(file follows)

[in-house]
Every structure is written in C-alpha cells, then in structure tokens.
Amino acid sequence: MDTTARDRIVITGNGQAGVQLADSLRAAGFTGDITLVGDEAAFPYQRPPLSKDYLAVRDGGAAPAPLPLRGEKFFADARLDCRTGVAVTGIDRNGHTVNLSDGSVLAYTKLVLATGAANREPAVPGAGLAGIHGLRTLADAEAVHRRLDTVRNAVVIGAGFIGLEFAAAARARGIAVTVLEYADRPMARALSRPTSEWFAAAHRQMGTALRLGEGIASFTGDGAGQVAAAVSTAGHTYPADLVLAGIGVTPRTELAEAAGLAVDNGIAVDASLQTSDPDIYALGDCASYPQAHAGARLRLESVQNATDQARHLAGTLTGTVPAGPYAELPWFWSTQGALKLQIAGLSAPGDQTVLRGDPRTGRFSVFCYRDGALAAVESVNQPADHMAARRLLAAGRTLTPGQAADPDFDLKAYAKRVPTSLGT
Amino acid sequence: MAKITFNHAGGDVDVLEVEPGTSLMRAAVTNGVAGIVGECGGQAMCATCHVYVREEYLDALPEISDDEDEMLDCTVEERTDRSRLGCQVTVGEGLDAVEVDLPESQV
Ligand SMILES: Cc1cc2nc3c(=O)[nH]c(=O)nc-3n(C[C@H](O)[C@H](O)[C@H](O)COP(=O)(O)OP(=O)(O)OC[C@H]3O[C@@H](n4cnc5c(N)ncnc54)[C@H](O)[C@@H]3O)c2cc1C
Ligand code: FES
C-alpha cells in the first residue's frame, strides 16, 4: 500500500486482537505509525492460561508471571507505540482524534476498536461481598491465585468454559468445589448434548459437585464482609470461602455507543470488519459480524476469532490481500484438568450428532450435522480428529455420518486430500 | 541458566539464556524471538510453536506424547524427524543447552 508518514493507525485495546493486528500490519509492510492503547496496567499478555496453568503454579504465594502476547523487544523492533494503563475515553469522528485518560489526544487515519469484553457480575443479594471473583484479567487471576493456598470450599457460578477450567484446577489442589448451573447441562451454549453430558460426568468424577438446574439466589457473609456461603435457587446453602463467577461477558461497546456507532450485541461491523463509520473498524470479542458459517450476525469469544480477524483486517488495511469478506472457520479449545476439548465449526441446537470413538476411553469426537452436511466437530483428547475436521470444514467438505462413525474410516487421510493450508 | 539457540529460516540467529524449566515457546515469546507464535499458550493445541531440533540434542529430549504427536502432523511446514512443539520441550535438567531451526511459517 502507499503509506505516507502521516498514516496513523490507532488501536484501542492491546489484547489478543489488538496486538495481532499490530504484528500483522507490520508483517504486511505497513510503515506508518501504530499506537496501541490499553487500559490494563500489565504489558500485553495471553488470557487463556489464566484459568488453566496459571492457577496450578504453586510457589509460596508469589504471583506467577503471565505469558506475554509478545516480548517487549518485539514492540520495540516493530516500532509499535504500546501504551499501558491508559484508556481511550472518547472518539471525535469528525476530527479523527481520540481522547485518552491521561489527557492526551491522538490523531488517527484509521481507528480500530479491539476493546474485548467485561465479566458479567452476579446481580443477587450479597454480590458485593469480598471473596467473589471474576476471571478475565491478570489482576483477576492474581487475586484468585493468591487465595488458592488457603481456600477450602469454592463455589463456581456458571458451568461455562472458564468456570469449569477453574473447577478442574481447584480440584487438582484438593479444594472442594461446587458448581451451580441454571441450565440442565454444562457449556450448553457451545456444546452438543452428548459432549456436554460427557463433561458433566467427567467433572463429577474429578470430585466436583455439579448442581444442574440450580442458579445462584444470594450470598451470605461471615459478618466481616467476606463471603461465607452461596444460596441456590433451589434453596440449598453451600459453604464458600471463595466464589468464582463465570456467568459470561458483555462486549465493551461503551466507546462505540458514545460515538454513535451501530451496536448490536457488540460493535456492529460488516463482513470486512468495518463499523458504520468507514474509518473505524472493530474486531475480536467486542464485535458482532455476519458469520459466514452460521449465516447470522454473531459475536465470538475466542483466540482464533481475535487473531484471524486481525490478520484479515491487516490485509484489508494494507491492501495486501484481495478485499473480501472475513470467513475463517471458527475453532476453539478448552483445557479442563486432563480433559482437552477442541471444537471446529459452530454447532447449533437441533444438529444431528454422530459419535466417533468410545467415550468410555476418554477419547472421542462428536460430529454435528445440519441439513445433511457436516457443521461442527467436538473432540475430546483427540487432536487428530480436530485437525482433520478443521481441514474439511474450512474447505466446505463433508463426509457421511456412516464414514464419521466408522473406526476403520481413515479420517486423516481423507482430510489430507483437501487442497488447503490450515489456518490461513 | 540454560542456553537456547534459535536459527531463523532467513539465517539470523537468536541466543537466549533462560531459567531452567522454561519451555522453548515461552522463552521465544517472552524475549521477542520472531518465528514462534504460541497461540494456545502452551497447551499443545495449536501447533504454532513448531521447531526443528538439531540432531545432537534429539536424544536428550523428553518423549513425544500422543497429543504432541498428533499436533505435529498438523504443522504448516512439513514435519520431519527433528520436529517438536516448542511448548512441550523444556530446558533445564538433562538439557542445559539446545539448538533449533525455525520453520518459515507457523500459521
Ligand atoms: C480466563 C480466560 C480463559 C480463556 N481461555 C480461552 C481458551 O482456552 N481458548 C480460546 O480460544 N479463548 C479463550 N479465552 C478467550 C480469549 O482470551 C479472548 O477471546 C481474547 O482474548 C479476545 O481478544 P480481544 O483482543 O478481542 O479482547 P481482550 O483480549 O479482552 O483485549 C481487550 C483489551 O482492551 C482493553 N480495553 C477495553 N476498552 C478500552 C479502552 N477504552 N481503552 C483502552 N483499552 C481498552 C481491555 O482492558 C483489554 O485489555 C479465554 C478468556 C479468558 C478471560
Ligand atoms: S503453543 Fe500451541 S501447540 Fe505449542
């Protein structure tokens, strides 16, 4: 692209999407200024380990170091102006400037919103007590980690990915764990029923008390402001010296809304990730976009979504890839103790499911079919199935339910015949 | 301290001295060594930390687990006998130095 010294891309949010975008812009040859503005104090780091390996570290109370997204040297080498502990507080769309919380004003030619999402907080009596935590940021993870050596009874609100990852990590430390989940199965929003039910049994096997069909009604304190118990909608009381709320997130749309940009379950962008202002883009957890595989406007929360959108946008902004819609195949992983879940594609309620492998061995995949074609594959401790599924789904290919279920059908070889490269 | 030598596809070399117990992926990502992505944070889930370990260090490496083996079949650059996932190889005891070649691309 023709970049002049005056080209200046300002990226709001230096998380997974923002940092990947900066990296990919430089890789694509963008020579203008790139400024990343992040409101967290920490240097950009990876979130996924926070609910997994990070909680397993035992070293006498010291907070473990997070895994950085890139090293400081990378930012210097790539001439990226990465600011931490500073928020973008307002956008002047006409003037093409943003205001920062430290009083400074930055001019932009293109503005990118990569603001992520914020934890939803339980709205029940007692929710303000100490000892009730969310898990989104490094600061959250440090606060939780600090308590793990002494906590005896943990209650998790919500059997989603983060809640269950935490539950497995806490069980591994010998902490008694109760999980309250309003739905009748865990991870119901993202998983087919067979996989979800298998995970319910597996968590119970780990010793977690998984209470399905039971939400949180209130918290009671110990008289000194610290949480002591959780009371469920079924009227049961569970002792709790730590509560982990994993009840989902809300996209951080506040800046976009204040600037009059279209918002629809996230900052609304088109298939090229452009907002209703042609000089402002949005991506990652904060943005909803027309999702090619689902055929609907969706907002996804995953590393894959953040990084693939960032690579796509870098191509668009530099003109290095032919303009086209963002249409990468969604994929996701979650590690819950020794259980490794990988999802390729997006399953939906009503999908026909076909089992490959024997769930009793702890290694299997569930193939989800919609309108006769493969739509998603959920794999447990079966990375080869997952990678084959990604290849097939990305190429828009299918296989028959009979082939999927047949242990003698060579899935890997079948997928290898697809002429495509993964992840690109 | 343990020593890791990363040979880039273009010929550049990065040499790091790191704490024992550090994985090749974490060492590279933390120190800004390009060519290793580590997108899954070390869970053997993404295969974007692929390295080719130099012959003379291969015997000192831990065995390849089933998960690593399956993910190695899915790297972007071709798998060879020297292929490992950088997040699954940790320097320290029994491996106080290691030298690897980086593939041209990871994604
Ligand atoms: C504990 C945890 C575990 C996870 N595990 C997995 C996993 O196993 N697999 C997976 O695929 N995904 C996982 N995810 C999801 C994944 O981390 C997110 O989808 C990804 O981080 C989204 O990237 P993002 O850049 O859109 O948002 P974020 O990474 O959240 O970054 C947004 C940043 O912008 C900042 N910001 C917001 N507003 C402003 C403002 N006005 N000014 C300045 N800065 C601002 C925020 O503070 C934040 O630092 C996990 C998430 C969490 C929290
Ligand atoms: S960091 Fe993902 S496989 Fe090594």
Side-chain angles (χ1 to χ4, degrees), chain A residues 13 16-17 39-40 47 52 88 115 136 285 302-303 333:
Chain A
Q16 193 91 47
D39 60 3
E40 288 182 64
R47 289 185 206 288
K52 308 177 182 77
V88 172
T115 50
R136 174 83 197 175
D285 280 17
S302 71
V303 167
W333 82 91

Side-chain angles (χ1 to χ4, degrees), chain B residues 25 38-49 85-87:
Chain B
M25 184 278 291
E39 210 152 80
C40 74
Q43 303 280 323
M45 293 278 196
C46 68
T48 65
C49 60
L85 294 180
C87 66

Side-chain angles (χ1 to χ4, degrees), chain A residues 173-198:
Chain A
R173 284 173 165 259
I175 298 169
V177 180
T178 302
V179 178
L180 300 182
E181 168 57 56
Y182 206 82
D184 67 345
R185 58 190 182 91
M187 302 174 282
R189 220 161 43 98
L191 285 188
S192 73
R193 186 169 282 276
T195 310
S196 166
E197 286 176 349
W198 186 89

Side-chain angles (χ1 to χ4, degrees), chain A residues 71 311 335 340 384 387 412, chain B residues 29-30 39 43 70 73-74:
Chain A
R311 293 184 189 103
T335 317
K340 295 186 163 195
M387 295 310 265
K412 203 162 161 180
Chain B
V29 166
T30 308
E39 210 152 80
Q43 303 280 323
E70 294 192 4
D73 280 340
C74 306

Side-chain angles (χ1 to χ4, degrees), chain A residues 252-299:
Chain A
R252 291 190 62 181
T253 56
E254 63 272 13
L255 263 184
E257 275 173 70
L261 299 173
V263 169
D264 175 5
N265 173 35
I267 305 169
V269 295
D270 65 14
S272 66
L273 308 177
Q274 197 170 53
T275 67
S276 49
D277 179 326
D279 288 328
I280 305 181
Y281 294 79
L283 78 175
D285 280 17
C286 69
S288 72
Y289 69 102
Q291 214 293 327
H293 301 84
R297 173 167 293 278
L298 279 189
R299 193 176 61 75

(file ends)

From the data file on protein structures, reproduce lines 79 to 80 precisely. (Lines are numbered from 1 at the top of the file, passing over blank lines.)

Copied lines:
E254 63 272 13
L255 263 184